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In part also a consequence of enlightened ideas coming out of France and the rise of the independence movements in the Americas, a republic was eventually declared, though abolishing slavery was considered too radical, the liberté, egalité and fraternité not extending to the whole population, but only such that Pernambuco would be free from the royal chains of the south, treated as equals on an international level, and, the elite, living as brothers.

Interestingly, the American consulate general in Recife, also the oldest American diplomatic post in the southern hemisphere, supported the revolt.

A fascinating addendum to the revolt was that an Argentine general had floated the idea with the Brits to free Napoleon from his exile, then to take him to Latin America, to there start a new Napoleonic empire, though the suppression of the Pernambuco revolt ended this idea prematurely.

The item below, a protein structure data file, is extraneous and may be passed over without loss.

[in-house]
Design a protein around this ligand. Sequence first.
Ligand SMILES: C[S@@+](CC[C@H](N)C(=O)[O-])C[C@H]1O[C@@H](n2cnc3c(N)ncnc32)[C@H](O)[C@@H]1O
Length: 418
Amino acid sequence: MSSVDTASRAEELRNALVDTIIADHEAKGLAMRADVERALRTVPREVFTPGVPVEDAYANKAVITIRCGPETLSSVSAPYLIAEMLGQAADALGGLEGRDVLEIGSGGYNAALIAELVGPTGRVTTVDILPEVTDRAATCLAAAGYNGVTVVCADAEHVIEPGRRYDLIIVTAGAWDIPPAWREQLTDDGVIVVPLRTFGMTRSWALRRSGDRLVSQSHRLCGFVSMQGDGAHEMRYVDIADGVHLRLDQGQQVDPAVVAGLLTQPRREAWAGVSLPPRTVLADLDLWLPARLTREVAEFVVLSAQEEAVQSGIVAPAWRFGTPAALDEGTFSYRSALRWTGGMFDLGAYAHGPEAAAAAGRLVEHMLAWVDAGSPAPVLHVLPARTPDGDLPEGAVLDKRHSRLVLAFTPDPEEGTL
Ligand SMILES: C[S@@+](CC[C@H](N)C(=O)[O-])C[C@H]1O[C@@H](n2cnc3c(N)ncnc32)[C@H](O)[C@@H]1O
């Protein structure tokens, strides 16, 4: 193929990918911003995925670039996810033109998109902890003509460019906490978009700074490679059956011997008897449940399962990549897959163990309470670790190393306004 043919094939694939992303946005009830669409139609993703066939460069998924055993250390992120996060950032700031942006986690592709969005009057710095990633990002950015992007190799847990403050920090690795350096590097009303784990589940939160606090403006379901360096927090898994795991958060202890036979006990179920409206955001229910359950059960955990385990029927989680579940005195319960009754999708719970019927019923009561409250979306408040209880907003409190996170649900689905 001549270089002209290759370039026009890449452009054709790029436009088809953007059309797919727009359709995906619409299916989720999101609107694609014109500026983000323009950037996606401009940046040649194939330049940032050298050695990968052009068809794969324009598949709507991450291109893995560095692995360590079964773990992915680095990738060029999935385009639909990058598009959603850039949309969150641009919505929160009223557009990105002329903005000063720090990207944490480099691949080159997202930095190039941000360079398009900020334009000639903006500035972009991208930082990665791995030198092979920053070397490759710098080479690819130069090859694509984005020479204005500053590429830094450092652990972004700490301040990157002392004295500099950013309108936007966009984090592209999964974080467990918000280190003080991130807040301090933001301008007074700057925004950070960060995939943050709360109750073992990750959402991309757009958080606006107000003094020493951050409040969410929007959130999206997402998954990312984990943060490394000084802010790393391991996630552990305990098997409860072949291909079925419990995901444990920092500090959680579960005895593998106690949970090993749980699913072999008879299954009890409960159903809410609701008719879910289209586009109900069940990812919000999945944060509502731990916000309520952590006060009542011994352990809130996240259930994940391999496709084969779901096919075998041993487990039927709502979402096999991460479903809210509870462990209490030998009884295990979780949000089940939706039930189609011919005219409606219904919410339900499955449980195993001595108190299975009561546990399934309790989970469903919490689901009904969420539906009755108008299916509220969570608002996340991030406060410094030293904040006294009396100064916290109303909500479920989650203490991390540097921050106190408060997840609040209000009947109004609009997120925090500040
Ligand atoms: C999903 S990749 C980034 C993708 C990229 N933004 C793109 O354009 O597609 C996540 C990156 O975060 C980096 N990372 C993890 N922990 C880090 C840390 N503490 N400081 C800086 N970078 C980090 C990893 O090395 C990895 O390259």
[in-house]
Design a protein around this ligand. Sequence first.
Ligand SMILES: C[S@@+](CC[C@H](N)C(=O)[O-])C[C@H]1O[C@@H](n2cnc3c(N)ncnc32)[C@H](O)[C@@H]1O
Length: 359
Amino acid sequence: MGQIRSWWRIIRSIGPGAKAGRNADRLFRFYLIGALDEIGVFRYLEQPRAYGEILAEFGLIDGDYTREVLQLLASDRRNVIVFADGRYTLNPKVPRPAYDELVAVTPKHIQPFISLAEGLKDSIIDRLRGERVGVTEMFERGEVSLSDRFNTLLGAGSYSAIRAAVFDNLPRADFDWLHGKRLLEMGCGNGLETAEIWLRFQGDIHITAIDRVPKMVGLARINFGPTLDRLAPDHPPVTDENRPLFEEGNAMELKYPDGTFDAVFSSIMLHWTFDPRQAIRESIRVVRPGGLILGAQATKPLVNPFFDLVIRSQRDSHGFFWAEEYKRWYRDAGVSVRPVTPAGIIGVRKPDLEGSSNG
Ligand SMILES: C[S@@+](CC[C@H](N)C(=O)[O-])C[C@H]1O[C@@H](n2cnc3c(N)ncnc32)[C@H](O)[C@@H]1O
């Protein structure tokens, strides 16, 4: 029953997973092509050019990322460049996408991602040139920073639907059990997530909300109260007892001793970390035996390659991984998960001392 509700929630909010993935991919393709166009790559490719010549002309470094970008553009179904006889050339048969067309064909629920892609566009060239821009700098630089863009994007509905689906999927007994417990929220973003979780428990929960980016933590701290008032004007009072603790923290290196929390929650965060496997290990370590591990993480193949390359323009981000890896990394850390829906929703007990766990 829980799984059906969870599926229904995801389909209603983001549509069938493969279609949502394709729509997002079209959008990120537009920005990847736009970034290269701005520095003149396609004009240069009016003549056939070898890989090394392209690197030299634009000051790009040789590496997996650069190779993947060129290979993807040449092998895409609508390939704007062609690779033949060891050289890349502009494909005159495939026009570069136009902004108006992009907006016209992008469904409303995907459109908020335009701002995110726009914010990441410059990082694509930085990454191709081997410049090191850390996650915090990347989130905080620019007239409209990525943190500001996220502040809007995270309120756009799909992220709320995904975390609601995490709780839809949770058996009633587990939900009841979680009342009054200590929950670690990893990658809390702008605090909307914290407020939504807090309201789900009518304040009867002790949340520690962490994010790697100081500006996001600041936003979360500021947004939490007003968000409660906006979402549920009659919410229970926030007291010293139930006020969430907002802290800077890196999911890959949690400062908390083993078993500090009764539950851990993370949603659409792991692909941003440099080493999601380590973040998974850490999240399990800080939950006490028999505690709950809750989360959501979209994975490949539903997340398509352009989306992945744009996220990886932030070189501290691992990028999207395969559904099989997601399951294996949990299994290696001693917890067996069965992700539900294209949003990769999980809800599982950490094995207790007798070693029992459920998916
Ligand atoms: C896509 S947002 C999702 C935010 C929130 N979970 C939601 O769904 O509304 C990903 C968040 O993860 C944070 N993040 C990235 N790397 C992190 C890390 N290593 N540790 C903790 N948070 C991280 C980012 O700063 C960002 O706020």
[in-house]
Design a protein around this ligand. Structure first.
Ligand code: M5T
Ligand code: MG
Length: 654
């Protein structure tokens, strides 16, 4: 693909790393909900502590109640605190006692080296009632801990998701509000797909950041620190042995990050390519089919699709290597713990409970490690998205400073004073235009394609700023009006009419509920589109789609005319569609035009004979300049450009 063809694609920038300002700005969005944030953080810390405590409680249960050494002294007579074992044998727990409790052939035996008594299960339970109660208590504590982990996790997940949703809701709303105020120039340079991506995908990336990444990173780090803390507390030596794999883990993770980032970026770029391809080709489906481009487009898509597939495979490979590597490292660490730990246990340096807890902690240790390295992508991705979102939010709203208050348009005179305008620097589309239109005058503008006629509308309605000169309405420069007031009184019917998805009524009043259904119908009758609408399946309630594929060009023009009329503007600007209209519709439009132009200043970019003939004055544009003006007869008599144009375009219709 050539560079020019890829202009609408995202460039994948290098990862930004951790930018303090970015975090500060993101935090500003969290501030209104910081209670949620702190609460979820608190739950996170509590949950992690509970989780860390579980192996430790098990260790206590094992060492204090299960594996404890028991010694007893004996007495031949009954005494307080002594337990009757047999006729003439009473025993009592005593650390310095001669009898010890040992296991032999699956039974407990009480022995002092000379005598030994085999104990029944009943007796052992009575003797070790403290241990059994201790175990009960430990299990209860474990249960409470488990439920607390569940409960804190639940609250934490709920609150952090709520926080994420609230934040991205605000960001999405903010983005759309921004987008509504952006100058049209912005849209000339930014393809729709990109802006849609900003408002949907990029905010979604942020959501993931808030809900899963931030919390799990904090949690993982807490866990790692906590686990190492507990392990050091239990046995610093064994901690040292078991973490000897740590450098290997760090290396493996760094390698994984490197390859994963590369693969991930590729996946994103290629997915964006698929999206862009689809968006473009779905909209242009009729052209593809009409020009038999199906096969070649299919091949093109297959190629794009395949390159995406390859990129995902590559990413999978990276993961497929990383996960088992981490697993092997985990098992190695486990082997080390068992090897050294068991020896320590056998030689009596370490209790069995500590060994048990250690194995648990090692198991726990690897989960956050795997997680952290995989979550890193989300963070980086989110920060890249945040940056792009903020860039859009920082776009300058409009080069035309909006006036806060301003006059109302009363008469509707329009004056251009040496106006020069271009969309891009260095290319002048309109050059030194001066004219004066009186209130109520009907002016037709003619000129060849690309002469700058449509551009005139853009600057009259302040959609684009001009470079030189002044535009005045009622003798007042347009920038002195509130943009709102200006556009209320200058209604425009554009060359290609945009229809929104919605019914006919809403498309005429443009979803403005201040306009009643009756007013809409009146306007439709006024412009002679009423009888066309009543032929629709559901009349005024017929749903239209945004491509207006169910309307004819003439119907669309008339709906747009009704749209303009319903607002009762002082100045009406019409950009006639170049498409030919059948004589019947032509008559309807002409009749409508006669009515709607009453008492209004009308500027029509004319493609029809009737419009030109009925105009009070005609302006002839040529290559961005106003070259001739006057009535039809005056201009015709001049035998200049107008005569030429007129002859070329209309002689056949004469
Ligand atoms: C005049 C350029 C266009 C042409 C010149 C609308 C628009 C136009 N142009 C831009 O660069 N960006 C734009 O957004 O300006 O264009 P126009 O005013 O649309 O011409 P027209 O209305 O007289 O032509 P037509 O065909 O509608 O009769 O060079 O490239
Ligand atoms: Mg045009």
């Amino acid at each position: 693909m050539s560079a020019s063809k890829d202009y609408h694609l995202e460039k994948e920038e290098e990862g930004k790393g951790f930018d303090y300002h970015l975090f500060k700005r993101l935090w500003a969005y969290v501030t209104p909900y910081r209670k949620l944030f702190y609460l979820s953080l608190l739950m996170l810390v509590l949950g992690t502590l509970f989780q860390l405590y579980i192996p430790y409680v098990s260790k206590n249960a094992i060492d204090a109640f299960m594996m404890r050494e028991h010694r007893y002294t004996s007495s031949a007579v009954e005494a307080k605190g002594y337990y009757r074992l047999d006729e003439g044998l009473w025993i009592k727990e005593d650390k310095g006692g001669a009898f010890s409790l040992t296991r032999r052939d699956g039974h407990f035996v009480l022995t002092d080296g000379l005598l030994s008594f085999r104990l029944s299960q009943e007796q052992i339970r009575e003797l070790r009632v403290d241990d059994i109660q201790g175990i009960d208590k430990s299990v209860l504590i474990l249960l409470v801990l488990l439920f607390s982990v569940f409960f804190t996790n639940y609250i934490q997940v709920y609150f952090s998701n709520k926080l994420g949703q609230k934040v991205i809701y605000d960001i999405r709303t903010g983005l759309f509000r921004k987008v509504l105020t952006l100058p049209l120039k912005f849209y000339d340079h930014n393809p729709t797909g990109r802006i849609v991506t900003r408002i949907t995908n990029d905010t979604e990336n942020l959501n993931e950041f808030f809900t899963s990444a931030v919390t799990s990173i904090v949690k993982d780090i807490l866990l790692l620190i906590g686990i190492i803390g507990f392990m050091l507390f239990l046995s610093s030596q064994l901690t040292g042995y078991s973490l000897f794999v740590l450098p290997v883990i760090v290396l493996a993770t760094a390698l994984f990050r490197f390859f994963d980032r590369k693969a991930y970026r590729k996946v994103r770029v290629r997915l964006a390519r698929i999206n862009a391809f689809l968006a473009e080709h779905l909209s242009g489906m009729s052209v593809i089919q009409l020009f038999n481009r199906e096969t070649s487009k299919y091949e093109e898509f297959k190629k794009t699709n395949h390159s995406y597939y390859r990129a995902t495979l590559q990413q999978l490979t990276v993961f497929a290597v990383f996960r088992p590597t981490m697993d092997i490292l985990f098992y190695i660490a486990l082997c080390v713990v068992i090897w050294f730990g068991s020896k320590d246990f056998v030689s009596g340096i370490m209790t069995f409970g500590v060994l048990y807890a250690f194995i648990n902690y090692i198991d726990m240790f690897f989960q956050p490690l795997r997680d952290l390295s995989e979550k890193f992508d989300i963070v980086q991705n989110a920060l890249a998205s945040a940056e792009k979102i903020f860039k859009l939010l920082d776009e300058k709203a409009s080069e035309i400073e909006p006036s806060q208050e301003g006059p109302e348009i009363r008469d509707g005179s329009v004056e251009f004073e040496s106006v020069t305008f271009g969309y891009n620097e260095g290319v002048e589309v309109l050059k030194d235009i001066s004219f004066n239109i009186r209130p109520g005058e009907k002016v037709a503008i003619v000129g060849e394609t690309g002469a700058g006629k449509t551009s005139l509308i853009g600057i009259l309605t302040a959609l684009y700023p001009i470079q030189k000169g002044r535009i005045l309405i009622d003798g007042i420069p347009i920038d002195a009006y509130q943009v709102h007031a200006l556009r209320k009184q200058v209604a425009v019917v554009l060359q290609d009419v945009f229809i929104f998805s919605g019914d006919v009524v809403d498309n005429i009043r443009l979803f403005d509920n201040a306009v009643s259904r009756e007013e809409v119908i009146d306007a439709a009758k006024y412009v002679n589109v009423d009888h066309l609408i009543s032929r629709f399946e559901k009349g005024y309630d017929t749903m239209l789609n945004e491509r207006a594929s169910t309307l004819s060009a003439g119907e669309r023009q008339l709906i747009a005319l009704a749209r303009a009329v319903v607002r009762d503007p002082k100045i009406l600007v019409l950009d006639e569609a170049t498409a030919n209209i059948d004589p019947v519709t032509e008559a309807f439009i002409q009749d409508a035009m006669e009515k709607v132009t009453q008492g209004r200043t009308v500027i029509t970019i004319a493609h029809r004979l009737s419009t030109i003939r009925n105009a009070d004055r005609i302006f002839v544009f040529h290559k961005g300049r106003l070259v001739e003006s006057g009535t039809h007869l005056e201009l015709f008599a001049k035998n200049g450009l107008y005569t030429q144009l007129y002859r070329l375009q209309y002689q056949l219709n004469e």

(As a hilarious afterthought, a lock of Napoleon’s hair is on display at a museum in Rio de Janeiro.)

For a short while, the revolution included the states of Ceará and Paraíba, the flag of the revolt honouring the three states with a rainbow topped by three stars above a cross. The flag, today, remains, almost unchanged, with now only one star, as the flag of Pernambuco.
Briefly, though, the city government at the start of the revolution, considered hoisting the French flag. But, then, gathering the flag-making troupes, their own flag was designed and raised instead.